A Study of Convection Initiation in a Mesoscale Model Using High-Resolution Land Surface Initial Conditions
Monthly Weather Review
A coupled convection-resolving mesoscale atmosphere-land surface model (LSM) is used to investigate land surface-planetary boundary layer (PBL) interactions responsible for the initiation of deep, moist convection over the southern Great Plains of the United States on 19 June 1998. A high-resolution land data assimilation system provides initial conditions to the LSM, facilitating examination of soil moisture effects on forecasts of deep convection. During the late morning and early afternoon,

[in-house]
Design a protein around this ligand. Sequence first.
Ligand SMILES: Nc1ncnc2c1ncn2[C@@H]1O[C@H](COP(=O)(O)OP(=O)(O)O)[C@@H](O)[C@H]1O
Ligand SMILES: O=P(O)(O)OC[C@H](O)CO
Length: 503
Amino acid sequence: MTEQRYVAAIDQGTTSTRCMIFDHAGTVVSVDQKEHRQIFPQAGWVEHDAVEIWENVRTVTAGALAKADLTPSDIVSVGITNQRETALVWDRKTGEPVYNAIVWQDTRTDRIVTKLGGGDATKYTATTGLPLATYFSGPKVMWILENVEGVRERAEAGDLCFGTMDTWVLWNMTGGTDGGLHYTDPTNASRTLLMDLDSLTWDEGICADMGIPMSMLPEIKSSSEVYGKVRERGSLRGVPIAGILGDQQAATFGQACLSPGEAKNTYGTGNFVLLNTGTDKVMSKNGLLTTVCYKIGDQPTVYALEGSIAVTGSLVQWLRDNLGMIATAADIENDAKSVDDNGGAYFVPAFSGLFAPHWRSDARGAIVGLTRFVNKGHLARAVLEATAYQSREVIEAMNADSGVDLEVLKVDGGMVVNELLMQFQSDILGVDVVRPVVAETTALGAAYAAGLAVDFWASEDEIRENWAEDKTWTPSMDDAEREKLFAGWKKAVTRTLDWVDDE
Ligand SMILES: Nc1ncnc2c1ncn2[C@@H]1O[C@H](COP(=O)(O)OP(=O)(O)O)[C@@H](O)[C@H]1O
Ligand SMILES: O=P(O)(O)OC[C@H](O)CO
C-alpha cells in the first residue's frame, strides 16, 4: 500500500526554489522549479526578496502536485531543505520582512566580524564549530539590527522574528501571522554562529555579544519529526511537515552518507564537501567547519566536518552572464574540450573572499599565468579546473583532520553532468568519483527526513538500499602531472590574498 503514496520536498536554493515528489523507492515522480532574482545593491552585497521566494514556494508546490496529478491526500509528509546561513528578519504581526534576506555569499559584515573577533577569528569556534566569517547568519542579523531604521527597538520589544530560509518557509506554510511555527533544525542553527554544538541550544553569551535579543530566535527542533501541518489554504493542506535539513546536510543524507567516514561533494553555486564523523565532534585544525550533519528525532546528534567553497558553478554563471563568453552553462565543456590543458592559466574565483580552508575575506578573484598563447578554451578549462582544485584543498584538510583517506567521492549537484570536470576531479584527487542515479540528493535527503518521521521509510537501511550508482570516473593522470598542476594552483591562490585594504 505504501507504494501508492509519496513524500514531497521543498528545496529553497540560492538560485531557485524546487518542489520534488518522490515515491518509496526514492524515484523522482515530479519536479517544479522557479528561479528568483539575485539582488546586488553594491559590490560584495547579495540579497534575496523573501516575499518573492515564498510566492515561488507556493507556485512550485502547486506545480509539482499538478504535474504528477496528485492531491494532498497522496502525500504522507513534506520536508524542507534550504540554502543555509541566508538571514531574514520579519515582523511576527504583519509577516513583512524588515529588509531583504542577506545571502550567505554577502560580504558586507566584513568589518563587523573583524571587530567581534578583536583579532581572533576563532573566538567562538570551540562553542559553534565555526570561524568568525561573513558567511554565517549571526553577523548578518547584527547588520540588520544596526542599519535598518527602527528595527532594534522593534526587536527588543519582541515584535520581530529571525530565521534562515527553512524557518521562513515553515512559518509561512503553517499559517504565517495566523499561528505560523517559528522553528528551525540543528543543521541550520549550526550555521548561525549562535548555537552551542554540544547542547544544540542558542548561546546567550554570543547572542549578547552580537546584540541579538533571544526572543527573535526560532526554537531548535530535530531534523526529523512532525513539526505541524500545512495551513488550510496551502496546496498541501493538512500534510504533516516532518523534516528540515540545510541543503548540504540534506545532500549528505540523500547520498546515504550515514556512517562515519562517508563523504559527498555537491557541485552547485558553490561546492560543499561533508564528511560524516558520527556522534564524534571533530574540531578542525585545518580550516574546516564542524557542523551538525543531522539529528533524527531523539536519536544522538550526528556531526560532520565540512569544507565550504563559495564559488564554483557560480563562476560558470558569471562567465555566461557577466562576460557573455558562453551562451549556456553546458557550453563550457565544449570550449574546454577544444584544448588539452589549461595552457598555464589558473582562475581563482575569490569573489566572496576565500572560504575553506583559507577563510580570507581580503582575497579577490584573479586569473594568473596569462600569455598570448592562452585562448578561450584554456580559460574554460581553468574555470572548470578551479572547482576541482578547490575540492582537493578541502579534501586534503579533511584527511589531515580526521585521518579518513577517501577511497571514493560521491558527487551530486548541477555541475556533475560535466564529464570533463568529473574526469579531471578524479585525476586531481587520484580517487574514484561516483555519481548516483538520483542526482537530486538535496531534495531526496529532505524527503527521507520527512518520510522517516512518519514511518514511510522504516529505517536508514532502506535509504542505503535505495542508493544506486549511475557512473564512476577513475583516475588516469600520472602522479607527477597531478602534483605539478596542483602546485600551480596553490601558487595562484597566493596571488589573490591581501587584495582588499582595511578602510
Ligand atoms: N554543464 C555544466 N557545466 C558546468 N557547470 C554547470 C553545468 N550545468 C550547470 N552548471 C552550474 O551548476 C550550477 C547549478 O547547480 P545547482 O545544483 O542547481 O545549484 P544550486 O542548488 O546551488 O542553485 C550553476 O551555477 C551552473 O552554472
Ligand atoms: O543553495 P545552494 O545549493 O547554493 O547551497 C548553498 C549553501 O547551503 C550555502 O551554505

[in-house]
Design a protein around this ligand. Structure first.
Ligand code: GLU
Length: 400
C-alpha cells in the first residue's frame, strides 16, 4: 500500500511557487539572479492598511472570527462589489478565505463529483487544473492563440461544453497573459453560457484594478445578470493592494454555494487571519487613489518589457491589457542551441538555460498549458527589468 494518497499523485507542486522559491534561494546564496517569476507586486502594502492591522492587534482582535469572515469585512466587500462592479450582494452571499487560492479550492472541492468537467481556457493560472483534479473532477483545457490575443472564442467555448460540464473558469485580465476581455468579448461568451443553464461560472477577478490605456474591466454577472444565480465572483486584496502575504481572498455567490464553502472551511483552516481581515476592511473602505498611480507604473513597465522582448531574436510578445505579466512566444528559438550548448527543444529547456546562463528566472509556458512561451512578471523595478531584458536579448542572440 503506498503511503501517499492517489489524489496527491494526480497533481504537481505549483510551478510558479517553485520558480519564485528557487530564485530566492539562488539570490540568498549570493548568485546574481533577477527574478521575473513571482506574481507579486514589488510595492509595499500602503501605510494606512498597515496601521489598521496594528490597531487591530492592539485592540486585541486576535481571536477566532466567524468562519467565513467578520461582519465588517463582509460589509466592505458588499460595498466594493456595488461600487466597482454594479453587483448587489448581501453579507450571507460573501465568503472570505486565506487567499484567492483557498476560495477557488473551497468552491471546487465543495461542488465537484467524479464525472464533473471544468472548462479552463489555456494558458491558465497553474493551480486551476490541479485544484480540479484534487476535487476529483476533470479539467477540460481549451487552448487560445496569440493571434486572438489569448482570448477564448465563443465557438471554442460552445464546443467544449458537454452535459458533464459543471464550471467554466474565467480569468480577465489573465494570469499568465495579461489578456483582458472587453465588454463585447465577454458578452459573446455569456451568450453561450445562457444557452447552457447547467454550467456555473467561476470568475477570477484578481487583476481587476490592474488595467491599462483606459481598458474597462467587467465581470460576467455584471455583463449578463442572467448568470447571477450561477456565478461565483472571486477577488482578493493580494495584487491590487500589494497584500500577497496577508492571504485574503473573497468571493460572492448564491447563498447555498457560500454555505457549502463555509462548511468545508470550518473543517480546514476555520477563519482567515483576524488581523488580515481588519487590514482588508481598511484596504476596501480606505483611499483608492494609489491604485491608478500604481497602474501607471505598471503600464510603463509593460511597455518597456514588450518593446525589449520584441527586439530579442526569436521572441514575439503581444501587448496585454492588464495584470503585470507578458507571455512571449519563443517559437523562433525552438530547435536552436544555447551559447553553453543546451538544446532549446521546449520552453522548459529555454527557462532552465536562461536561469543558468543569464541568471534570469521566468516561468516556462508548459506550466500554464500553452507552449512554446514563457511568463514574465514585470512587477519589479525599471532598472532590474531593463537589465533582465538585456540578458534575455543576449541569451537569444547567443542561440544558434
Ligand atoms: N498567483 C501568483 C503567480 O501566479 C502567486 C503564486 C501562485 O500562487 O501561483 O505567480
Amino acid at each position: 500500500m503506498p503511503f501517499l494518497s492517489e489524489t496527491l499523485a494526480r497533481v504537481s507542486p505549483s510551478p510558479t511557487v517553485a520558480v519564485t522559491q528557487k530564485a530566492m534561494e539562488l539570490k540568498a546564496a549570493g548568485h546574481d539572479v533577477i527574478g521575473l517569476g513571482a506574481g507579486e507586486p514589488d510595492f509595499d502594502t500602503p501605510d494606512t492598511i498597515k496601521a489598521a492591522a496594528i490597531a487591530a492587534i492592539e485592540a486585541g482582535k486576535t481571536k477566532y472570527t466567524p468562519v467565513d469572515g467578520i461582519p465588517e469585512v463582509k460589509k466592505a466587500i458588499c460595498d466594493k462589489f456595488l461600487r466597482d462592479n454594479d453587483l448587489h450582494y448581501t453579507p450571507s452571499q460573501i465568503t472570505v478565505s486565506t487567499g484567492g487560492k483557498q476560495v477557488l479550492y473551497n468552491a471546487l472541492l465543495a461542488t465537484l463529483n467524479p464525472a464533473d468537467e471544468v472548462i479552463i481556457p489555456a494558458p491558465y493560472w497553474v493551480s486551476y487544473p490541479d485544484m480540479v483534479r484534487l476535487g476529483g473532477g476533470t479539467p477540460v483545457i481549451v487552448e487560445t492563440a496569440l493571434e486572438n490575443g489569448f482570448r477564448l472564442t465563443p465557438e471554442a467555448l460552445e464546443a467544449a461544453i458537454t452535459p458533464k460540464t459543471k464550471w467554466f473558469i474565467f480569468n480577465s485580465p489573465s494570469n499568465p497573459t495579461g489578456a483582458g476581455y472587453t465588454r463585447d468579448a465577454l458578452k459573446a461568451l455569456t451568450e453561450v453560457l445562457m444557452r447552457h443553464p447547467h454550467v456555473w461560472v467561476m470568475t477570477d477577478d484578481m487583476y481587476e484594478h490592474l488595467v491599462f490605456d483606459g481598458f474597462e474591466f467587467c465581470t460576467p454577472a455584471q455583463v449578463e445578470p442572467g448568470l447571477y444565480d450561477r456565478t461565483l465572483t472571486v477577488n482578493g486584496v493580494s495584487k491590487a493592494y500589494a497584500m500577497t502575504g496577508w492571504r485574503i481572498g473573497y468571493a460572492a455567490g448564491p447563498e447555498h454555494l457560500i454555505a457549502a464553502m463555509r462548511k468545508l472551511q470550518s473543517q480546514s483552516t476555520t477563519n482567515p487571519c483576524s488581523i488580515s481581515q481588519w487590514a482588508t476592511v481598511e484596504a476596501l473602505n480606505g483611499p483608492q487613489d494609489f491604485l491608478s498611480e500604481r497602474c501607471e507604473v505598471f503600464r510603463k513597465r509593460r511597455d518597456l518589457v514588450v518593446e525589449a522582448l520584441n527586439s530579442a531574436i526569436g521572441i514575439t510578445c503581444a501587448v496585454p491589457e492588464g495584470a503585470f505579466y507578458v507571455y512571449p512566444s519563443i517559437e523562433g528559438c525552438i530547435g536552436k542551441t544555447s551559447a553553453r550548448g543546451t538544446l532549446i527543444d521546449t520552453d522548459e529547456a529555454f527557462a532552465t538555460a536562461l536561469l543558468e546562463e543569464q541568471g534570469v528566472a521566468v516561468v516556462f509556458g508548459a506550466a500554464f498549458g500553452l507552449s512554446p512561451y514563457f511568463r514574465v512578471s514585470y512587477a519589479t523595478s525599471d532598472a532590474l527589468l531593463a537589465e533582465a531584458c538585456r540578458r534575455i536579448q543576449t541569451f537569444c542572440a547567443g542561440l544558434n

... d early afternoon, the southwestern portion of a simulated southwest-northeast (SW-NE)-oriented surface water vapor gradient zone evolves into an intense dryline, unlike the northeastern portion, which remains relatively weak. Despite these regional differences, midafternoon convection initiation occurs within a ϳ100-km-wide region of enhanced PBL depth along much of the SW-NE extent of the water vapor gradient zone. The afternoon PBL depth maximum results from a midmorning-to-early afternoon surface sensible heat flux maximum of similar horizontal scale, and is reinforced by an ensuing mesoscale (L ϳ 100 km) vertical circulation. Finescale (L ϳ 10 km) PBL circulations that directly trigger deep convection are confined within this mesoscale region that contains the deeper and more unstable PBL. Comparisons among different simulations reveal that thermodynamic stability and simulated convection initiation are affected by details in the initial soil moisture distribution, through differences in the partitioning of the surface heat and moisture fluxes. These differences in convection initiation among simulations occur despite only minor differences in the overall structure of the afternoon surface moisture gradient zone, which has potentially important implications for operational forecasts of deep convection.